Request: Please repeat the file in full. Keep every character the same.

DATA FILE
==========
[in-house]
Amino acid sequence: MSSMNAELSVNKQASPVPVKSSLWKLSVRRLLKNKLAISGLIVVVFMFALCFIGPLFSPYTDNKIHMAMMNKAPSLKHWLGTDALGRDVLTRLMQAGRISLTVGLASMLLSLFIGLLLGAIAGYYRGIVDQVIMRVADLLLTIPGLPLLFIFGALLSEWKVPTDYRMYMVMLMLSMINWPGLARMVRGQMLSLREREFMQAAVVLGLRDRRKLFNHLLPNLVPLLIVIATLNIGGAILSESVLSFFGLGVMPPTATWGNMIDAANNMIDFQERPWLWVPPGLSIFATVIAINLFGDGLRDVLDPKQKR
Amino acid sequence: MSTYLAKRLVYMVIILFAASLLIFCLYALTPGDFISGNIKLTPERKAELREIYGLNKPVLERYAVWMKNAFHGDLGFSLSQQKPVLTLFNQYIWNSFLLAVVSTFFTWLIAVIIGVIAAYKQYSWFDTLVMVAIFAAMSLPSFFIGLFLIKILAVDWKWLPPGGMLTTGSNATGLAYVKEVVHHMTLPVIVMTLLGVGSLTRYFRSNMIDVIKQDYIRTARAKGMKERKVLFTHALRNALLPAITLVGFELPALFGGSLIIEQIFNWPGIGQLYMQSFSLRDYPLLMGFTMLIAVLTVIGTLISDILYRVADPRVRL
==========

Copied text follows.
[in-house]
Amino acid sequence: MSSMNAELSVNKQASPVPVKSSLWKLSVRRLLKNKLAISGLIVVVFMFALCFIGPLFSPYTDNKIHMAMMNKAPSLKHWLGTDALGRDVLTRLMQAGRISLTVGLASMLLSLFIGLLLGAIAGYYRGIVDQVIMRVADLLLTIPGLPLLFIFGALLSEWKVPTDYRMYMVMLMLSMINWPGLARMVRGQMLSLREREFMQAAVVLGLRDRRKLFNHLLPNLVPLLIVIATLNIGGAILSESVLSFFGLGVMPPTATWGNMIDAANNMIDFQERPWLWVPPGLSIFATVIAINLFGDGLRDVLDPKQKR
Amino acid sequence: MSTYLAKRLVYMVIILFAASLLIFCLYALTPGDFISGNIKLTPERKAELREIYGLNKPVLERYAVWMKNAFHGDLGFSLSQQKPVLTLFNQYIWNSFLLAVVSTFFTWLIAVIIGVIAAYKQYSWFDTLVMVAIFAAMSLPSFFIGLFLIKILAVDWKWLPPGGMLTTGSNATGLAYVKEVVHHMTLPVIVMTLLGVGSLTRYFRSNMIDVIKQDYIRTARAKGMKERKVLFTHALRNALLPAITLVGFELPALFGGSLIIEQIFNWPGIGQLYMQSFSLRDYPLLMGFTMLIAVLTVIGTLISDILYRVADPRVRL